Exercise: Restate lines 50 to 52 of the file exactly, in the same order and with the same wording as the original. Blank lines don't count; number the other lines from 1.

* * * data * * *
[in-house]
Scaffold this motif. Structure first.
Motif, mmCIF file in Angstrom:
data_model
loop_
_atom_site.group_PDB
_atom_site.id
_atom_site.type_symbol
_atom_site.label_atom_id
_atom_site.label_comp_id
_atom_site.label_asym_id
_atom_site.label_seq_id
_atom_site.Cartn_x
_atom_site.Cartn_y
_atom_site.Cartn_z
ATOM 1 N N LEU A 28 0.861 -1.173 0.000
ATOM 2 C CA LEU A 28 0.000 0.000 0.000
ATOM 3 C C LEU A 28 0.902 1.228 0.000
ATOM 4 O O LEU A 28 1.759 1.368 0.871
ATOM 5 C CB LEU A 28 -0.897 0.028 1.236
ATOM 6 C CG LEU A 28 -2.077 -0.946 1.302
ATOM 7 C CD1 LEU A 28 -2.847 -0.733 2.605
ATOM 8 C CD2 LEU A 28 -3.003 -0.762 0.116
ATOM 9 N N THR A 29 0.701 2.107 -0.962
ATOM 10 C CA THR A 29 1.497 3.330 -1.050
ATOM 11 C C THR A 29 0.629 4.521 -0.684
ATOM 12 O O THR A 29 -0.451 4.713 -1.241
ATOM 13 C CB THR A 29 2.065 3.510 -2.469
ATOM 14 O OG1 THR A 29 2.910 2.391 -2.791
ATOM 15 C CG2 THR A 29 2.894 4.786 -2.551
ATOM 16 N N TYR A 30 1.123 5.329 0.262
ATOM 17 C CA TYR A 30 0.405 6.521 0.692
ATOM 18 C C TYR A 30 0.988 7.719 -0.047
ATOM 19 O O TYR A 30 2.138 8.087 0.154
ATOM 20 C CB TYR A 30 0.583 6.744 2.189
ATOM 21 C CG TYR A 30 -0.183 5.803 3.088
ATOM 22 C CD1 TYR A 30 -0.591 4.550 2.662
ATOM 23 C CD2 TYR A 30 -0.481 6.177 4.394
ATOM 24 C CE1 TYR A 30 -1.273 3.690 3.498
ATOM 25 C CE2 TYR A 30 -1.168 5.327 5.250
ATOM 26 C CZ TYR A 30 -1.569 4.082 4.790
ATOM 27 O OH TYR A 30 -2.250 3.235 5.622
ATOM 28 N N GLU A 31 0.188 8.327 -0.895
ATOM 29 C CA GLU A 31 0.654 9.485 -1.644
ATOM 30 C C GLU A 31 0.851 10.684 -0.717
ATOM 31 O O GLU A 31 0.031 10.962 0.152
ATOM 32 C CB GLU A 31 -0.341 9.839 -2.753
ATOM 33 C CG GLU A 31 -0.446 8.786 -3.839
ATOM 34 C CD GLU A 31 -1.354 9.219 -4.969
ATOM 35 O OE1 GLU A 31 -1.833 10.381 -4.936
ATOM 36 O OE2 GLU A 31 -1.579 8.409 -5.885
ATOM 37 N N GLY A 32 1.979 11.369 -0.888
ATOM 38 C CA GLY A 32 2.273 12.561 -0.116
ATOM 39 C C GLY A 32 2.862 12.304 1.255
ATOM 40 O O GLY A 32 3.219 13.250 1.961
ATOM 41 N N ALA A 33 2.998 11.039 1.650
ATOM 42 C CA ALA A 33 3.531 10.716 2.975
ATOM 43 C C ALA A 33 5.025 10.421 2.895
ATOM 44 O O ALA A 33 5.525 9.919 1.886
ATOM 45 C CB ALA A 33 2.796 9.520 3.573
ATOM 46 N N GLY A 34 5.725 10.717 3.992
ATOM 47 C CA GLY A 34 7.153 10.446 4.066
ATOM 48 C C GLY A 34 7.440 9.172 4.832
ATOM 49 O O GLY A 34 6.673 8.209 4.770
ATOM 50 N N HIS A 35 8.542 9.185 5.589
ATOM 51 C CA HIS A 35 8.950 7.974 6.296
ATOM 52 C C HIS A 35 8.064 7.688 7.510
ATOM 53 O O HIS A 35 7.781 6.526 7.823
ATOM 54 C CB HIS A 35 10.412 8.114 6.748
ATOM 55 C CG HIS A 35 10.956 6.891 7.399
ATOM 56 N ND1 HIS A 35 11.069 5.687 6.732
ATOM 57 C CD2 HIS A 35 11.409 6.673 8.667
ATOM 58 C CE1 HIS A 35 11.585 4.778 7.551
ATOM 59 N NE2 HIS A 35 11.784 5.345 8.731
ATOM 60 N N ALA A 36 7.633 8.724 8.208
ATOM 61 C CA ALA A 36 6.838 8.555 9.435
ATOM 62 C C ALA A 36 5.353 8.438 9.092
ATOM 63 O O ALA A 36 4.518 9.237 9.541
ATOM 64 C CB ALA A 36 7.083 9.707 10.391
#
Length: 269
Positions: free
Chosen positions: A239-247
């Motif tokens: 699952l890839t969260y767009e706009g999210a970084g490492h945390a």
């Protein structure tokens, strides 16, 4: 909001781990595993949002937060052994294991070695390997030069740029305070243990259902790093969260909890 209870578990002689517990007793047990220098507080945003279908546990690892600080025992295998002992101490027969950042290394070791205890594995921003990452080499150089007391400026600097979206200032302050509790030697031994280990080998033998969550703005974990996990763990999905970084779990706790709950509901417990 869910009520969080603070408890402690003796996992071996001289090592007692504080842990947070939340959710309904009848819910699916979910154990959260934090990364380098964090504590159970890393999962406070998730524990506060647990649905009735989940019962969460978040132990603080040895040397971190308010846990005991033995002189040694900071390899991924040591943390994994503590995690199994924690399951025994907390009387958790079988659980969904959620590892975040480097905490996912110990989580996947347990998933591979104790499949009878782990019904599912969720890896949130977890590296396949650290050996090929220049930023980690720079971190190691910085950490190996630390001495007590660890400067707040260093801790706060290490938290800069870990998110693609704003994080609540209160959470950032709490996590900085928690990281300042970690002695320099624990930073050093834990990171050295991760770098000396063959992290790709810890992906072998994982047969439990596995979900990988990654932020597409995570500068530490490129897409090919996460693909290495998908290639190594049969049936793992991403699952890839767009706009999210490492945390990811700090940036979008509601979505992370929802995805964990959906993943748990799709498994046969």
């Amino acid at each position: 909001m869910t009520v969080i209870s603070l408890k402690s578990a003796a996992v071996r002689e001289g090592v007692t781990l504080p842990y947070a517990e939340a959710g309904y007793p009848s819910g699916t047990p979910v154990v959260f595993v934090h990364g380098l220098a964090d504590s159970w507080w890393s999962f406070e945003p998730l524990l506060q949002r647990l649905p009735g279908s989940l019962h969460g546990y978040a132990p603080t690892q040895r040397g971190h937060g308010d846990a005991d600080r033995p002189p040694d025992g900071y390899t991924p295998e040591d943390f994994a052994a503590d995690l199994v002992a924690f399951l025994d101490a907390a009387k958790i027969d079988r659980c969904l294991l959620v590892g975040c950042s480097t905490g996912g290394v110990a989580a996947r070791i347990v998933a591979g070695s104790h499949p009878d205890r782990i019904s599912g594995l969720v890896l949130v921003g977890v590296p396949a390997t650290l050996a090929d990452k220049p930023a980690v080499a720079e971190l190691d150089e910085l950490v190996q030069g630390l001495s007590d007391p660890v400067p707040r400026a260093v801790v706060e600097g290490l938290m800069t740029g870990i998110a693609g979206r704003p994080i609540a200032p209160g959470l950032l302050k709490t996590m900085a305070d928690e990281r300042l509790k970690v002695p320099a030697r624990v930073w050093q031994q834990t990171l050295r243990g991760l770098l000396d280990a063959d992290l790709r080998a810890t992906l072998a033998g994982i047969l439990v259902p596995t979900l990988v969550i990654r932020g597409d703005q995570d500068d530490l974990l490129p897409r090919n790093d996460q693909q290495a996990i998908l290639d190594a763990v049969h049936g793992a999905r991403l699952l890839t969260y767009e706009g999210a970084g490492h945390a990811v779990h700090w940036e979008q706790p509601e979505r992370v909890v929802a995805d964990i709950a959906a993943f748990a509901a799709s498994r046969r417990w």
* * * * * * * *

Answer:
ATOM 35 O OE1 GLU A 31 -1.833 10.381 -4.936
ATOM 36 O OE2 GLU A 31 -1.579 8.409 -5.885
ATOM 37 N N GLY A 32 1.979 11.369 -0.888